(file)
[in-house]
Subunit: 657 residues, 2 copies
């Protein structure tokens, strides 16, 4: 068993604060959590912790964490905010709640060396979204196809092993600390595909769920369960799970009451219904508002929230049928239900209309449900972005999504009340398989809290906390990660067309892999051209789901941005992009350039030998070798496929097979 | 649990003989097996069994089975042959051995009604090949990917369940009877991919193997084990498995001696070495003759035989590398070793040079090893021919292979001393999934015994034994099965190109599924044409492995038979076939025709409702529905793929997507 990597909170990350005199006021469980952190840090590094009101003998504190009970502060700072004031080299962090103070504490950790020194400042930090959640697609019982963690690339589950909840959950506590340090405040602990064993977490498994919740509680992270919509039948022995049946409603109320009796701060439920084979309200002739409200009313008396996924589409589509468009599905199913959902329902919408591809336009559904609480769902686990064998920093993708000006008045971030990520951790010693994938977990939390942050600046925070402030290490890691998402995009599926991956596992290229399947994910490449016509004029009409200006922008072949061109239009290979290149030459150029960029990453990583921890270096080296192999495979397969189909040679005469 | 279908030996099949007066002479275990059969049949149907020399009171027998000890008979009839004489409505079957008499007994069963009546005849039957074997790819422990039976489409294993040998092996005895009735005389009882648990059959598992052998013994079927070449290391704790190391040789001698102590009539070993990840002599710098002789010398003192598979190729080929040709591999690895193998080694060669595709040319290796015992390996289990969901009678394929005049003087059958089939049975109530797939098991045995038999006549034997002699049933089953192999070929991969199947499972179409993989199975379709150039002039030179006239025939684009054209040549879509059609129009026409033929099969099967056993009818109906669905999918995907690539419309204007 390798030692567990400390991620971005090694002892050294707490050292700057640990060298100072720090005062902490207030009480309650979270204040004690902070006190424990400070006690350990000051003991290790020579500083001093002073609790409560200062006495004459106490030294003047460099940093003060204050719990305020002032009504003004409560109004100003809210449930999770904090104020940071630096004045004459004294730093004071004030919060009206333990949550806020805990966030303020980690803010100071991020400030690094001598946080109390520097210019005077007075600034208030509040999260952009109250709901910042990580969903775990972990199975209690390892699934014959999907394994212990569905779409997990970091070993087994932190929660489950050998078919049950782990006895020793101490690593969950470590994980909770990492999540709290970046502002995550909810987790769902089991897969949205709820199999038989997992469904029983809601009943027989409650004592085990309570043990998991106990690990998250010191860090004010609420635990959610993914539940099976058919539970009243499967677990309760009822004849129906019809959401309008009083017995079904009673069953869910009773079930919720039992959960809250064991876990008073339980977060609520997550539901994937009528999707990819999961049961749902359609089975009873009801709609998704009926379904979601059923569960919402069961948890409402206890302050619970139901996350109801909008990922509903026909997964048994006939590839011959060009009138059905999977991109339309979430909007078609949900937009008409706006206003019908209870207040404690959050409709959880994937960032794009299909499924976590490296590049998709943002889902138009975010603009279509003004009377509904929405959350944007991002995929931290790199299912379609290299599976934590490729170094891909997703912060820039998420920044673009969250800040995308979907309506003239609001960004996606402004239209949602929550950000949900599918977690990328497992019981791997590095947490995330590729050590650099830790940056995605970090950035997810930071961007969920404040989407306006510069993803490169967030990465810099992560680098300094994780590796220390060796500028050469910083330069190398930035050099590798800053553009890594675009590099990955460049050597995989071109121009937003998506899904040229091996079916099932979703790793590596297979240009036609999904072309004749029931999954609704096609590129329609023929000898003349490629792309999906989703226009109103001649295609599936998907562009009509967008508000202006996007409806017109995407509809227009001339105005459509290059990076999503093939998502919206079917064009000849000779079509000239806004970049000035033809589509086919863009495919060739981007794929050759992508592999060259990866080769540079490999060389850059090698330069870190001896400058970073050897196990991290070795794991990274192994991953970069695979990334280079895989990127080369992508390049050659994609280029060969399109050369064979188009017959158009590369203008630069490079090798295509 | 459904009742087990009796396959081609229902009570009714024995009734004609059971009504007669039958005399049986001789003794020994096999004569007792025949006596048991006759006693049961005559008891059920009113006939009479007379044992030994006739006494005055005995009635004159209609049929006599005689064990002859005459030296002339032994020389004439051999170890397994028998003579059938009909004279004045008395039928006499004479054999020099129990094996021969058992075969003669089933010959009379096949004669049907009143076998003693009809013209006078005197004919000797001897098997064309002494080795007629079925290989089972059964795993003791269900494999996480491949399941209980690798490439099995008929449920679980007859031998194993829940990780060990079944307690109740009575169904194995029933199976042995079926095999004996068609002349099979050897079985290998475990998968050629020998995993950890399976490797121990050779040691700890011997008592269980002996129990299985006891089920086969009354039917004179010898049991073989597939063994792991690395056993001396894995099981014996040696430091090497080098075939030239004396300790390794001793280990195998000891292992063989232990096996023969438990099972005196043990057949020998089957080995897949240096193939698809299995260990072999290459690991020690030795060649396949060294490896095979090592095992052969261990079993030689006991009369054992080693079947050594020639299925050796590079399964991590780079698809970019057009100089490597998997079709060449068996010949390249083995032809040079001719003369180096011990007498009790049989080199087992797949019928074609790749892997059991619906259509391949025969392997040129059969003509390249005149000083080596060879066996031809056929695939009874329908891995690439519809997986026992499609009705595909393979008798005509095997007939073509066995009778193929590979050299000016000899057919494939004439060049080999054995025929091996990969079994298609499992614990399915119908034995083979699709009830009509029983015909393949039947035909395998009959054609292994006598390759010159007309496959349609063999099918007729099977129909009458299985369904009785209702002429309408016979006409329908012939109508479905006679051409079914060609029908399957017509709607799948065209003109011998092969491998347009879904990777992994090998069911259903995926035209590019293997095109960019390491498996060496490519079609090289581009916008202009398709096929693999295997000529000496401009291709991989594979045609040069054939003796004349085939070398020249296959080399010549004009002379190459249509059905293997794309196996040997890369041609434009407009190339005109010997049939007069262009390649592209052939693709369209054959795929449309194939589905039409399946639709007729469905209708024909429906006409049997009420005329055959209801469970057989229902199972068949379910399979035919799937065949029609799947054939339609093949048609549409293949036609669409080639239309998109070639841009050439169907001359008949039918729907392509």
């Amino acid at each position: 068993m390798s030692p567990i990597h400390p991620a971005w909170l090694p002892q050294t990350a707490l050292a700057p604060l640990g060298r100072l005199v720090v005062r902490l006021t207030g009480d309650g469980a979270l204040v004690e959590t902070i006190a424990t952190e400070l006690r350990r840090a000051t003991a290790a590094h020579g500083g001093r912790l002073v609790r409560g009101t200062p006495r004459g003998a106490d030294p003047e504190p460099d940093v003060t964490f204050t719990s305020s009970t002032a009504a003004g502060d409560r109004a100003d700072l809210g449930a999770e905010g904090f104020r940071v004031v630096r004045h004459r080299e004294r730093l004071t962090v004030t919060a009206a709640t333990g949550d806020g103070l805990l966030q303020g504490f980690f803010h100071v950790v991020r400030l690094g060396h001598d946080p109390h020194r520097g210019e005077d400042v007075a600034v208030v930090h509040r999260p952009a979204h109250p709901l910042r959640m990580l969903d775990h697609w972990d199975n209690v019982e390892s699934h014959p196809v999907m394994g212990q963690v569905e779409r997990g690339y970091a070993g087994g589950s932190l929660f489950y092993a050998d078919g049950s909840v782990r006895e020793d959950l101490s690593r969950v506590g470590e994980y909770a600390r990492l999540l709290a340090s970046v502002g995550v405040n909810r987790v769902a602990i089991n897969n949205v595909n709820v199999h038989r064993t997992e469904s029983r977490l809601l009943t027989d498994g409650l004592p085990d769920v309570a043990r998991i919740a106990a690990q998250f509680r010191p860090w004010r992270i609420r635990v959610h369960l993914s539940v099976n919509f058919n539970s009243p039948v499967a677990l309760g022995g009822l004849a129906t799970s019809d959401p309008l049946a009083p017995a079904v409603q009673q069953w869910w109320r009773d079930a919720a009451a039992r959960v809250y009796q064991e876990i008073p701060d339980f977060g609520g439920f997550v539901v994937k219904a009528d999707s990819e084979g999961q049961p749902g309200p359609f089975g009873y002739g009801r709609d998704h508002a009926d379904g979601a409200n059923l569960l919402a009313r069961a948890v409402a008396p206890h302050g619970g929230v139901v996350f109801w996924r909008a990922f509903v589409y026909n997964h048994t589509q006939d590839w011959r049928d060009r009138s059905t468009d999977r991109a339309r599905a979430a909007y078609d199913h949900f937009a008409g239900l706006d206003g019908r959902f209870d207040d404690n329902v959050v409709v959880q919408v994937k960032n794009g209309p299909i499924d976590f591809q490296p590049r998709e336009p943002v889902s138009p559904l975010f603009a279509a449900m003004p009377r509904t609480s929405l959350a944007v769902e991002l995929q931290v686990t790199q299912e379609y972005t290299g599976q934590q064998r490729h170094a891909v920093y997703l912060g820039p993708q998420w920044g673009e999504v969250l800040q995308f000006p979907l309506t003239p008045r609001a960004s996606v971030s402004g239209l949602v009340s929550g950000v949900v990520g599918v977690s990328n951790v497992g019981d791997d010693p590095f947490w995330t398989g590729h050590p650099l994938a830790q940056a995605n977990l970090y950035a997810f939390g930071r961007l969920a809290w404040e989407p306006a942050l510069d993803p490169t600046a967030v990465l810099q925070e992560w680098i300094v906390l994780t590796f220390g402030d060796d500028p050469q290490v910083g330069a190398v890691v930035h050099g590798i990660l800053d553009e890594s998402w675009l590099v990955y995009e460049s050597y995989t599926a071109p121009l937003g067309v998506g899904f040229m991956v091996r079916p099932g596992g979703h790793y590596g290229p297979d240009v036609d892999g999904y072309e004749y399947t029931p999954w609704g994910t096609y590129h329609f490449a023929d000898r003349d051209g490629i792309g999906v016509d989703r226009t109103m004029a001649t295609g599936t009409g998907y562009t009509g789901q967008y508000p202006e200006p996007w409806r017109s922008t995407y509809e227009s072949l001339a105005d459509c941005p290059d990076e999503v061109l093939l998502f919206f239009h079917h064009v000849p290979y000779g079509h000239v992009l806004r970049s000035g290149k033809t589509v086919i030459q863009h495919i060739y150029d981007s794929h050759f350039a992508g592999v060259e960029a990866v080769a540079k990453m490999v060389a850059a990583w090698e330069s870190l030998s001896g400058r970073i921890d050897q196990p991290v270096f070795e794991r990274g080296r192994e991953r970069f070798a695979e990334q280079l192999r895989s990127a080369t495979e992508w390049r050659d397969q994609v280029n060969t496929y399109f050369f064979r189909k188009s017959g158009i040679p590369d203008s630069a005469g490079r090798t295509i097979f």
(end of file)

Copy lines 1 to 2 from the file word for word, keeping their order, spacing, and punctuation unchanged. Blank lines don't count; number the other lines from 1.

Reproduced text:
[in-house]
Subunit: 657 residues, 2 copies